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Why Silver Arrows are unstoppable

Lewis Hamilton won the last three in a row, while Nico Rosberg took the season opener.

Written by Nihal Koshie | Updated: April 28, 2014 6:53:26 pm
Mercedes Formula One driver Lewis Hamilton of Britain drives to a pit stop during the Chinese F1 Grand Prix in Shanghai. (Reuters) Mercedes Formula One driver Lewis Hamilton drives to a pit stop during the Chinese F1 Grand Prix in Shanghai. (Reuters)

Red Bull and Sebastian Vettel will use the three-week break before the start of the European leg to try and pull things back on rivals Mercedes and Lewis Hamilton.

In F1’s new era of the smaller but turbocharged 1.6 litre (down from 2.4) V6 engines, only a Mercedes driver has stood atop the podium. Hamilton won the last three in a row, while Nico Rosberg took the season opener.

Mark Hughes, a correspondent for Motor Sports Magazine, was the first to write about Mercedes’ smart engineering, which also explains why Force India, powered by a similar Mercedes unit, are looking a distinctly better team this season.

F1 teams have found loopholes in regulations to innovate with technology and get an advantage in a sport where every millisecond counts. Think Brawn’s double diffusers (2009), Red Bull’s exhaust blown diffusers (2011), Brabham’s fan car (1978) and movable wings, to name a few.

Mercedes’ out-of-the-box thinking this season, deemed to be within the rules, has put all of the above in their slipstream. The key lies in the smart tinkering of the turbocharger (also present in humble motor cars) on the part of the mechanics at Mercedes.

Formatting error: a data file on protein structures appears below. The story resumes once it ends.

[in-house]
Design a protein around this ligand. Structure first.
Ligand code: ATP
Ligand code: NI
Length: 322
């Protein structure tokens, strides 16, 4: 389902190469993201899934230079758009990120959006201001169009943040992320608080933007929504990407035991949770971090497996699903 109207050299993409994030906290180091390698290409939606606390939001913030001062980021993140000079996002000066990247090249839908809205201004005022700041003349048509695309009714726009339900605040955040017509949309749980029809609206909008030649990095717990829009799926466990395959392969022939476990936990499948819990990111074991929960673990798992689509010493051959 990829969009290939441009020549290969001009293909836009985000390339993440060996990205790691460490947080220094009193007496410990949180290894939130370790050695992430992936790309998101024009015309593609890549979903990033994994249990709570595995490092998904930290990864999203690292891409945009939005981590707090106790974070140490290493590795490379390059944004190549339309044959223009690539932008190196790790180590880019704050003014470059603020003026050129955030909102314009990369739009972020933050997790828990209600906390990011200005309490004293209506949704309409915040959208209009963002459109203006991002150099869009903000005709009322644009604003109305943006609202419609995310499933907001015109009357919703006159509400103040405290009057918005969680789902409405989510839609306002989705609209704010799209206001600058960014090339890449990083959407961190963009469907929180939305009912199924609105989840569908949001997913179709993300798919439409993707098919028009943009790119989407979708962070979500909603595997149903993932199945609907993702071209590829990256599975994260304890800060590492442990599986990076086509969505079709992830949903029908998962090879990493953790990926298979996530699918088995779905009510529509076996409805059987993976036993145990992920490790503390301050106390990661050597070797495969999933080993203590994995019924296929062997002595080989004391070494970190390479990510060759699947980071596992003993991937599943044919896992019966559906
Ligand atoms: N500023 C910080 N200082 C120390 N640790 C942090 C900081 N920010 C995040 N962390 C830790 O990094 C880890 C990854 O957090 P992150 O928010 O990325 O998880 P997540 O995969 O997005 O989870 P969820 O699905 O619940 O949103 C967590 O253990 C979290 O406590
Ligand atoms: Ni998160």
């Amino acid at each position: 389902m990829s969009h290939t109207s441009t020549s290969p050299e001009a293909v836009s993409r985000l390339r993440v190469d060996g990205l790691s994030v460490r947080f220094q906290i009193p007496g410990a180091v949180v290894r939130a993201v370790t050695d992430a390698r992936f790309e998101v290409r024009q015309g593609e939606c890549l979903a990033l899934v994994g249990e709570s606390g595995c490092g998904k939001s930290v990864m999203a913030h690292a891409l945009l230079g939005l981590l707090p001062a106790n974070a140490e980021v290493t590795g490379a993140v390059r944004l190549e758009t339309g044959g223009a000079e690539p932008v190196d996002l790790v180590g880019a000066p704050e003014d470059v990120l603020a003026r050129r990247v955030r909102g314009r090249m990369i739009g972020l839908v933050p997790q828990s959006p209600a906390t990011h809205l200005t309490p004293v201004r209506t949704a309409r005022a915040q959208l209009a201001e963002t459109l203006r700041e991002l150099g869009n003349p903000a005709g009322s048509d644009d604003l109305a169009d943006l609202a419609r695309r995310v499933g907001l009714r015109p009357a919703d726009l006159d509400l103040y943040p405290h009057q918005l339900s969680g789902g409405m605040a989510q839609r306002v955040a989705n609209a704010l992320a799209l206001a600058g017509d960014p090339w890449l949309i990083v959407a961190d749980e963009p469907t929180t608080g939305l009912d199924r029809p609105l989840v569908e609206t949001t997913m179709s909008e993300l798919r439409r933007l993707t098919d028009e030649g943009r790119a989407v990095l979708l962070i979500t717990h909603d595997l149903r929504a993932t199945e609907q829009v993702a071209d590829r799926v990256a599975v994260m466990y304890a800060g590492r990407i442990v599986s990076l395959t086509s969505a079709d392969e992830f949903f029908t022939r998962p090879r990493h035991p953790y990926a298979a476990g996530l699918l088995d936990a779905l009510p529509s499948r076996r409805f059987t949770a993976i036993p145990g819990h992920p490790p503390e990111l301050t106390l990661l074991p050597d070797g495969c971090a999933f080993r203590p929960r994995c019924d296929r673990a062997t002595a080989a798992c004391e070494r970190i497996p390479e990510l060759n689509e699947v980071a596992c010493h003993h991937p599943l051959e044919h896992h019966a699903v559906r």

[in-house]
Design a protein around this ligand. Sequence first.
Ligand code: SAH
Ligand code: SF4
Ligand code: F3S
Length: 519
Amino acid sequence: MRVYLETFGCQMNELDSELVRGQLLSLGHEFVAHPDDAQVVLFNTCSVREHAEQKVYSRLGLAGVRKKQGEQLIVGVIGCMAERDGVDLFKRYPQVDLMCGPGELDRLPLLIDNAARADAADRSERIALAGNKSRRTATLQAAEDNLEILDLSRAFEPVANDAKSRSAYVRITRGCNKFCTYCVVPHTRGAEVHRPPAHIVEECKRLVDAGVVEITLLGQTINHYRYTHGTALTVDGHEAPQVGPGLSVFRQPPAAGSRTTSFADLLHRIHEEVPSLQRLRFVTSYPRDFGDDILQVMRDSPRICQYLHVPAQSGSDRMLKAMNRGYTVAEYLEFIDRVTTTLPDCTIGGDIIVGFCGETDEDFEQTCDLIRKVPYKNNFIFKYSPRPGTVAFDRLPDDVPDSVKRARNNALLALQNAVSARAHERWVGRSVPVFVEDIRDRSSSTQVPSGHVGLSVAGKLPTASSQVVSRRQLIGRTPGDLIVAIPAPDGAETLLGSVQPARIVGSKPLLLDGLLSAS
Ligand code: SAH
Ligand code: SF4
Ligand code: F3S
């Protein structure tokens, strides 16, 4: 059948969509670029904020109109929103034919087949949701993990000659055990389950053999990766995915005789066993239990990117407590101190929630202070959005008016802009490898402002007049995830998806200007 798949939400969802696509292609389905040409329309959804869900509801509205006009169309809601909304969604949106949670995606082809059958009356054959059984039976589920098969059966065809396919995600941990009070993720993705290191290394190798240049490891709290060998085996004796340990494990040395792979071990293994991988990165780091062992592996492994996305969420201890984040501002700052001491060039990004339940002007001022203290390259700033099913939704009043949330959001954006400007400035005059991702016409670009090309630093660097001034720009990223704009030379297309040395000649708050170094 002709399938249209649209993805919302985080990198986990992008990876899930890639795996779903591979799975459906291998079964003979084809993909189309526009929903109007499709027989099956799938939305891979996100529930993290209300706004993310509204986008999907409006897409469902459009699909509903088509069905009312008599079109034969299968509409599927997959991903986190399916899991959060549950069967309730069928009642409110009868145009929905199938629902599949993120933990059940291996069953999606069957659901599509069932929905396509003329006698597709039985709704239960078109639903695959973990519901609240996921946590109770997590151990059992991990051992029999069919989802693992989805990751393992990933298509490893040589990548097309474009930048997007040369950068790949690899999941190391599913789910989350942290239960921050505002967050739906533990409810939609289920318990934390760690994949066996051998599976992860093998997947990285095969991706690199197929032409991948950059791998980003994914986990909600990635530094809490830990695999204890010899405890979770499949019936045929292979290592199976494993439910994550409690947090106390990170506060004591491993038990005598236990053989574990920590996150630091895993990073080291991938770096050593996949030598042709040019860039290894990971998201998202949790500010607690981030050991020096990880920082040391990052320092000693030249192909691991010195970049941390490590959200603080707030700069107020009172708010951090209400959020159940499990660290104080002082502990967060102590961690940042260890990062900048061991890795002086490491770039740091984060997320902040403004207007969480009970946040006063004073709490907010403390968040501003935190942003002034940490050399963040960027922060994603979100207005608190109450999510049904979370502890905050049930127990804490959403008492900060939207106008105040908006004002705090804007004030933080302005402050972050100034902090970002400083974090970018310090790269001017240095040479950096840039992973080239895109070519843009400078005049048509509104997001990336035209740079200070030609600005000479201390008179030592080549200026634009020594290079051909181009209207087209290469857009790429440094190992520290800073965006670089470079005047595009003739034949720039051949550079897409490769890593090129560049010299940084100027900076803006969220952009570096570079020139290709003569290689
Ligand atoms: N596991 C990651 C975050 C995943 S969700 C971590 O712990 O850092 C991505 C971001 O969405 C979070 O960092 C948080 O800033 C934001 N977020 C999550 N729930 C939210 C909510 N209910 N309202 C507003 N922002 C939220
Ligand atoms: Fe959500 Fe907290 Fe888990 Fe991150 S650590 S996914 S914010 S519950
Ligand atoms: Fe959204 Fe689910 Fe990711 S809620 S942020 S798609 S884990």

The hot exhaust fumes, that run the turbine located at the back of power unit, cool much faster before entering the engine, leading to efficient combustion in a Mercedes. To make this possible, the compressor has been split from the turbine and moved to the front of the power unit, away from the hot stream of exhaust. The result? A cooler compressor has led to cooler air so Mercedes can afford to have a smaller intercooler (cooling system in layman terms), a relatively compact engine unit which reduces drag.

In non-Mercedes engines, the compressor is hotter as it is placed at the rear of the engine besides the turbine running on exhaust. Hence the air takes longer to cool before it can enter the engine chamber and results in a lag in power. So when Hamilton accelerates, the engine develops power faster than his rivals’.

Red Bull team team principal Christian Horner simplified the advantage his main man, Vettel (or his Renault-powered car), was conceding to to Hamilton’s Mercedes so far this season. “You know we were 22 kms an hour slower on that long straight today. That represented almost 100ms that we’re giving away on the straight,” said the Briton at the helm of Red Bull’s dominance over the past four years.

The time difference is immense, to say the least. Immense enough for titles to be won and conceded shortly after a season begins.

(Nihal is a senior assistant editor based in New Delhi)

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